Why, long time no see everyone! It has been a while since I've written. After my mom headed back to the US (just in time to join my brother and dad on the multi-day trip back to college) I returned back to the daily work grind and spent my next few off days taking care of "adult" business like paying bills and grocery shopping and binge watching Outlander online.
I did write a cool travel article for Time Out Tokyo though which you can read, in a shameless plug, HERE!
However, at some point after returning to "normalcy" I had to have some proper fun again so today I went to Glitch Coffee & Roasters (hinthint expect to hear more about this later) and the surrounding Jinbocho area.
Glitch Coffee & Roasters was low-key super cool. For [insert surprise reason here] I was able to talk with the shop's founder and current manager, Kiyokazu Suzuki, about his coffee policy and Glitch in general. He also ran a small coffee cupping for us:
Cupping is basically the coffee equivalent of a wine tasting. Usually when you do a cupping you evaluate upwards of 10 types of coffee at a time, but for this mini-cupping we just did four: an Ethiopia Guji Gigesa, Kenya Karinga AA, Guatemala Las Lomas, and another coffee from the Alaka region of Ethiopia.
The cupping process itself is actually fairly simple:
1. First you sniff the dry grounds in order to get a sense of their aroma.
2. Then you pour hot water over the grounds and let it sit for about four minutes, scraping off the slight foam that develops over the top.
3. Then you take a spoonful of each coffee and slurp it so the coffee spreads over your tongue, hard palate, and soft palate and throughout your mouth, just like you are supposed to "swish and spit" when you taste wine.
4. Finally, you evaluate the coffee based on (traditionally) the Specialty Coffee Association of America's criteria. For those with interest here's a really detailed description from the SCAA's website.
Even for the inexperienced palate like mine it's ridiculous how much difference there is between the varieties of coffee. Suzuki described the Kenya AA coffee as tasting "like tomato juice" versus the Ethiopia Guji Gigesa that had a "strawberry" flavor and when you compare the two it's like night and day. The terroir of the coffee, the roasting process, and even the pour-over itself can all impact the flavor so there truly is infinite variation to be found in the world of coffee. It's just one of the reasons Japanese coffee culture has continued to intrigue me even after I've finished my thesis.
Here's my cup of coffee with a yummy almond croissant:
And here's Glitch's super snazzy, super shiny in-house roaster:
They also have a "share roaster" program where stores that don't have their own coffee roasters can come in to roast beans and experiment to develop their own skills and flavor profile, which I think is an amazing way to encourage up-and-coming stores and to bring coffee back from the coffee giants of Starbucks and Dotour and back into the hands of independent shops.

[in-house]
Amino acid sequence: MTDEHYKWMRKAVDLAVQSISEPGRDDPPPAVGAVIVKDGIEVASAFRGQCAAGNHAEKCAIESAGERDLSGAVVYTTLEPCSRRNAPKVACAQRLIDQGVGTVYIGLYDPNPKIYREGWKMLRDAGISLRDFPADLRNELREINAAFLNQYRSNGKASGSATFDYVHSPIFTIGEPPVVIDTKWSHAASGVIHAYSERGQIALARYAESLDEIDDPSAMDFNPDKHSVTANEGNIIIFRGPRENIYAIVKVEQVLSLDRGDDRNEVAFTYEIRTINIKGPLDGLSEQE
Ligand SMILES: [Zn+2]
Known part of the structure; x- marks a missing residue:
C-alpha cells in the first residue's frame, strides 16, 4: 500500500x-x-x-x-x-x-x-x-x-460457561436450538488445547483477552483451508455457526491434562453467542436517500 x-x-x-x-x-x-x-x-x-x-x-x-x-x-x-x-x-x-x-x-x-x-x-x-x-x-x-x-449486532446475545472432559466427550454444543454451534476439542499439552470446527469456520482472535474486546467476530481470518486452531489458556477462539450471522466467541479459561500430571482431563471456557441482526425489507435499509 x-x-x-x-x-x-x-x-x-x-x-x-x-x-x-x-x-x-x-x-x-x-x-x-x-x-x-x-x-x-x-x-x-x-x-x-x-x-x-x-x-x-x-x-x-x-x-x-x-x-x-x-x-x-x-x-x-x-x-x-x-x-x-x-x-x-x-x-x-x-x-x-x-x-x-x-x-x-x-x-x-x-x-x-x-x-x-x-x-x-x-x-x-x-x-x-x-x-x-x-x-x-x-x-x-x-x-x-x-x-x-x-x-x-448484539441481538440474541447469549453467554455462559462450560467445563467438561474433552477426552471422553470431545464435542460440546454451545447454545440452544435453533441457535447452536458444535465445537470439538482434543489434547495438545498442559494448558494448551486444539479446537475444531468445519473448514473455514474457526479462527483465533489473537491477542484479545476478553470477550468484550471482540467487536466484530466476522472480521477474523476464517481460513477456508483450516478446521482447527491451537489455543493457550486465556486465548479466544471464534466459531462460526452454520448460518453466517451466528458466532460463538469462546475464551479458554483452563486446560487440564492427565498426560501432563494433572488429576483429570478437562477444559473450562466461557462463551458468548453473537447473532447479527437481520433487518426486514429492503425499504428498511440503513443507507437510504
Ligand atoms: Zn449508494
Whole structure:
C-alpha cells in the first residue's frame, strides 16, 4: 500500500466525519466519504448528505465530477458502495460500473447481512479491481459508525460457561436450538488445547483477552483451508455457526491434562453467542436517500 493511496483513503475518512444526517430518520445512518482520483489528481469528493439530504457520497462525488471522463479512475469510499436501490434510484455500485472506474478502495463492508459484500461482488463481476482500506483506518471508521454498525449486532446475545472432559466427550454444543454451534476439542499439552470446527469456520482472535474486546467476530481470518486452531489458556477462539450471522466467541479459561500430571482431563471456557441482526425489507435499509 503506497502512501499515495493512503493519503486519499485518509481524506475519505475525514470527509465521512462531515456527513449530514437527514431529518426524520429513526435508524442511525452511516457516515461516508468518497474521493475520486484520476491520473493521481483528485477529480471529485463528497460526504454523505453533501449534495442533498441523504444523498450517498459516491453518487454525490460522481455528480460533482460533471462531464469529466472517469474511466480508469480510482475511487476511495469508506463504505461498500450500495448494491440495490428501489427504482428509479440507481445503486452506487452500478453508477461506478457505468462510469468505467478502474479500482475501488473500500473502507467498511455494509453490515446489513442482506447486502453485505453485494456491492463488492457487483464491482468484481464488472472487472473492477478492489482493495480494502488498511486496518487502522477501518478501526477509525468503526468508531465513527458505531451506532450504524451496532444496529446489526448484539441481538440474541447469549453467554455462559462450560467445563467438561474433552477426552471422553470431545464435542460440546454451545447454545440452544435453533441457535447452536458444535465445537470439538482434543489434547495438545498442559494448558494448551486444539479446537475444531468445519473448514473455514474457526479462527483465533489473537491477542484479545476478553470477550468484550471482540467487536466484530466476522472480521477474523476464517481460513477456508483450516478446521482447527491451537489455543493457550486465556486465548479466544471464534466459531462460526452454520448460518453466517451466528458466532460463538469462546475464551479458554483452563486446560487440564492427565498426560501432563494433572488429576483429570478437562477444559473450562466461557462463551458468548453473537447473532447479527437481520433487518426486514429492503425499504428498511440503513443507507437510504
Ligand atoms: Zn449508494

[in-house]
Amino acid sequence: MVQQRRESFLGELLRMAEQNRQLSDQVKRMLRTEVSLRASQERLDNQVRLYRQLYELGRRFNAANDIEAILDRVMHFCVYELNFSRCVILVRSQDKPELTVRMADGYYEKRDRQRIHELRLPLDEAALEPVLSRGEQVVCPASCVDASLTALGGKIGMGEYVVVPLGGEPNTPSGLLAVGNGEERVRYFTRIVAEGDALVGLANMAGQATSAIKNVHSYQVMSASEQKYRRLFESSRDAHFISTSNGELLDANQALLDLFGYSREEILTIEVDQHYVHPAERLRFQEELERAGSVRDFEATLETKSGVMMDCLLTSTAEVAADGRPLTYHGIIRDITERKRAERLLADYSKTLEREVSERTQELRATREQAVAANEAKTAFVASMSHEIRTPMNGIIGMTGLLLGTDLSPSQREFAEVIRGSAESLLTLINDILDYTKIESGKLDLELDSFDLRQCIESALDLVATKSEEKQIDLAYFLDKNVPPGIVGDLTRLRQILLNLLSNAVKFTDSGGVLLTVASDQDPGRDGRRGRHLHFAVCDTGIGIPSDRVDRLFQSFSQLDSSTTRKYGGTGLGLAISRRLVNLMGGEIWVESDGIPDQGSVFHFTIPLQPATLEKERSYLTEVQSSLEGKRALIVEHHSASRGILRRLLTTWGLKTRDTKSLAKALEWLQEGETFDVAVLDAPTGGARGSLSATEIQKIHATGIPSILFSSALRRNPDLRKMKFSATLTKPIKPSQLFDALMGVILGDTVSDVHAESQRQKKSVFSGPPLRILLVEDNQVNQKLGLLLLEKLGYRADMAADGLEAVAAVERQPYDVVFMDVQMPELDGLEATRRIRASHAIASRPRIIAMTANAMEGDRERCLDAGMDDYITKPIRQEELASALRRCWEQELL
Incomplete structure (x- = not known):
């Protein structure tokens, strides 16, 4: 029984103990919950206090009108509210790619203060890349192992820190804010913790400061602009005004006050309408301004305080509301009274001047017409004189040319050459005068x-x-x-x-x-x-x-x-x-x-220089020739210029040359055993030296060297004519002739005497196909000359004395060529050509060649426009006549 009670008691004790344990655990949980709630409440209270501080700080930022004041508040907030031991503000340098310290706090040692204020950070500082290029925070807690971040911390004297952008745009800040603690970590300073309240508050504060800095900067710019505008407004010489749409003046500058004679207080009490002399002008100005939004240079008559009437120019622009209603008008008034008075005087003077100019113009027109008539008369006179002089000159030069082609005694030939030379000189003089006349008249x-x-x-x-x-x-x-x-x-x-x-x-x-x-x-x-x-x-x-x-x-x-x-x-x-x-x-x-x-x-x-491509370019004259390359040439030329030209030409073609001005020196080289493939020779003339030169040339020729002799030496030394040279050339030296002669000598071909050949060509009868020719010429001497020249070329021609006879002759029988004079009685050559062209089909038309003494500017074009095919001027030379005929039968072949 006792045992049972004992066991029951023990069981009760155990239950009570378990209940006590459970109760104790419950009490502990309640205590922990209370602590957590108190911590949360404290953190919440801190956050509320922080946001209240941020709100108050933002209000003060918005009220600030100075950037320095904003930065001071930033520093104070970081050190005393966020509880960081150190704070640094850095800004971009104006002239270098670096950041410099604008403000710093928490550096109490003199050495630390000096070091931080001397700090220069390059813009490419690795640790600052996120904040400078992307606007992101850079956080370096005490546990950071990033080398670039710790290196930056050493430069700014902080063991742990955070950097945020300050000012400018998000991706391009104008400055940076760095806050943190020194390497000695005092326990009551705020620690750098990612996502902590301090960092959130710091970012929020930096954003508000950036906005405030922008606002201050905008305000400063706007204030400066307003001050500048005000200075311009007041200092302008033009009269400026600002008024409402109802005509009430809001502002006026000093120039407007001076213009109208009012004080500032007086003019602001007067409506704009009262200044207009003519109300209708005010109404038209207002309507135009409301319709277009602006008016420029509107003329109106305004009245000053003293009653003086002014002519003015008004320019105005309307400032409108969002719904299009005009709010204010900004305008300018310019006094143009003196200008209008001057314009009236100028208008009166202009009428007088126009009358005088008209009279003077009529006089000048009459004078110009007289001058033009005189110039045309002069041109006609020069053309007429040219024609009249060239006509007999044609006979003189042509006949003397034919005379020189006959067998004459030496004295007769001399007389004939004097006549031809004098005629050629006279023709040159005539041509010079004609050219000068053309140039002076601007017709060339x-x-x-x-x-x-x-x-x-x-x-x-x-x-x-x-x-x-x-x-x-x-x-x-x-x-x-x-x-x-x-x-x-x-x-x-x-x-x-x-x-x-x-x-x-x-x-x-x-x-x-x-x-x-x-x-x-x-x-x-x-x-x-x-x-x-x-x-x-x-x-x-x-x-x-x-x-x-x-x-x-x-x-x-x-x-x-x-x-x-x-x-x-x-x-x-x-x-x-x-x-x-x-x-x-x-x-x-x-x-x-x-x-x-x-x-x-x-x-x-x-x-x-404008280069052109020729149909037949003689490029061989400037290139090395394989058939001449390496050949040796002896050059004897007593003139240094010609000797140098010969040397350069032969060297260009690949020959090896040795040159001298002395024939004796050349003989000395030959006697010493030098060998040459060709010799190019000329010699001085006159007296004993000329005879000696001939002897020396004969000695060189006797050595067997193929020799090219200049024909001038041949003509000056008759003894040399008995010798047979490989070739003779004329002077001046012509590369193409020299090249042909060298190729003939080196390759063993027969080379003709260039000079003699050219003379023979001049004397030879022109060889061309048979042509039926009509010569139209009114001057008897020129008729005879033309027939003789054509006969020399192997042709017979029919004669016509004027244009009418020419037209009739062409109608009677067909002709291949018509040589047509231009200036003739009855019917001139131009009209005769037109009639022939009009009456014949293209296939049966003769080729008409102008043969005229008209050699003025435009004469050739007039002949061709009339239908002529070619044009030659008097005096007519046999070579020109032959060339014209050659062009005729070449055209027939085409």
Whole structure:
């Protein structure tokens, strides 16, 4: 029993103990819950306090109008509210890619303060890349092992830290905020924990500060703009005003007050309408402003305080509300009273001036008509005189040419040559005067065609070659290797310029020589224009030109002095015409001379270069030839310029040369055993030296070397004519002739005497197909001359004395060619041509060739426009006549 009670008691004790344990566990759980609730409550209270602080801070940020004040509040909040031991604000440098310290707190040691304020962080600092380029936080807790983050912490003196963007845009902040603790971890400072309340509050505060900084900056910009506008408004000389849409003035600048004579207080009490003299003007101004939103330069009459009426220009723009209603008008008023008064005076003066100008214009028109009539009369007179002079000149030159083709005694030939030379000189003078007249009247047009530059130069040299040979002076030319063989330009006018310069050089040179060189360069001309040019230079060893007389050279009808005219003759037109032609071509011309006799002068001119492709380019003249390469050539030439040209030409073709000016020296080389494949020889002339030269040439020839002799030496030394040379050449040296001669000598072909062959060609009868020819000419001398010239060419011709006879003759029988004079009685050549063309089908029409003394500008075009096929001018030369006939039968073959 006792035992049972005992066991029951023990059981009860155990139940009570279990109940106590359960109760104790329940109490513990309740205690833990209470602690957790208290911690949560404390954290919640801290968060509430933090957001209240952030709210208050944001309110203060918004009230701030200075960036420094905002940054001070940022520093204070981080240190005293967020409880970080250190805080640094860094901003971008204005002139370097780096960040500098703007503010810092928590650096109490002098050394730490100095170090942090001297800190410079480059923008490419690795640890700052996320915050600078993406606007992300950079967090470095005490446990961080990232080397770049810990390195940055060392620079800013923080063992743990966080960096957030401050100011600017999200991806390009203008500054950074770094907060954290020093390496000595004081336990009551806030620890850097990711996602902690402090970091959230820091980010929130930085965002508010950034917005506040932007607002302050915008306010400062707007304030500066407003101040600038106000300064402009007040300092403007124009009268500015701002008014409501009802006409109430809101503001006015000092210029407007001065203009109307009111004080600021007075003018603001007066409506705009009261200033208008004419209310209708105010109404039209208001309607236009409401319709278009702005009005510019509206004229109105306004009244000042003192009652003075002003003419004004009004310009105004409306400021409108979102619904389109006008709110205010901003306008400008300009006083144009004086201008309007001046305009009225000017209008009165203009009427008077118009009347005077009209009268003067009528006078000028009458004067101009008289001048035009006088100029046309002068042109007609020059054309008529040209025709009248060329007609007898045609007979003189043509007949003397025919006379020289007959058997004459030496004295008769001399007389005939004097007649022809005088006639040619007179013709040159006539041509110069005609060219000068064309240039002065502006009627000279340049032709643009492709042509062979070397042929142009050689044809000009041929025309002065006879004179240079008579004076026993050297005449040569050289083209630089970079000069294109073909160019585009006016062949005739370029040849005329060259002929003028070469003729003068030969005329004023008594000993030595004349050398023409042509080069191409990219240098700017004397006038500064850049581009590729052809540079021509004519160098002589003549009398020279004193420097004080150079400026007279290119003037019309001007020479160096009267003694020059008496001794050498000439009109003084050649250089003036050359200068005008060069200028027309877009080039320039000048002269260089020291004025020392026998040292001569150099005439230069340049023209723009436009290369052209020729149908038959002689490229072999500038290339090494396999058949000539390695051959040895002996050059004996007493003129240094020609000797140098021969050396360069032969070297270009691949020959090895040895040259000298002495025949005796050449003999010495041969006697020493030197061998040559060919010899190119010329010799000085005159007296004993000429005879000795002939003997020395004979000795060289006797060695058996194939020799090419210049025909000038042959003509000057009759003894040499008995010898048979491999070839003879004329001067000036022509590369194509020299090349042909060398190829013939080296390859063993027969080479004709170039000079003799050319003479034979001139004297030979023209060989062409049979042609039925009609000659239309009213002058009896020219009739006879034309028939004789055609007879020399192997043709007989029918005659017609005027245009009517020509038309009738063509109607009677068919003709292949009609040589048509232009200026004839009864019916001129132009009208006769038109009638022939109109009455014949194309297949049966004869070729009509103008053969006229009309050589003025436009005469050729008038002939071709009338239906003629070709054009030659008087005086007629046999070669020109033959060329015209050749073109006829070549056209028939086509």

From Glitch I decided to wander around the Jinbocho area which is known for its hundreds of used bookstores. Some sell true rarities and antiques, some specialize in a certain topic or in foreign books, and some are just your "average" neighborhood bookstore:
As I was walking around Jinbocho, I realized that I was only a fifteen minute walk away from the arguably infamous Yasukuni Shrine. For those of you who don't know, Yasukuni Shrine is where all of Japan's war dead are commemorated and deified including some A-class war criminals from WW2. As such, every time there's an official visit to the shrine by the Prime Minister or the Emperor (or even when there isn't) there's often international outcry about Japan's war crimes and their lack of public, international repentance and apology.
Here's the main tori-i (shinto gate) leading up to the shrine:
Usually I quite like Shinto shrines. I find them peaceful, welcoming, and even a little bit feminine. Yasukuni Shrine was, however, more than a little unsettling. Much of it had to do with this main tori-i, I think. It's truly massive and rather than wood it's made of metal. The colossal size combined with the rust-stains reminded me of old blood. Likely it was my own imagination, but I felt a little weird shiver as I walked through and never really felt at home on the complex. I'm sure I'm just projecting onto the space, but I don't think I'll be returning anytime soon. No one else seemed to have any problems with it; on the contrary I saw lots of families with children going to pray so it must have just been me.
Here's one last look at the main shrine building with another (smaller) tori-i just before it.
Tomorrow I technically have work but it's a night shift (10p-7a) so I'll have to try and sleep during the afternoon before work (and, yes, I have the day after that off so I don't have to work 24 hours in a row, which is certainly illegal in any case). I've slowly been (truly) getting used to my job and can now do a variety of different things. I know it's long overdue but there will be a work-themed explanatory post upcoming, I promise! Until then, have a cup of coffee for me.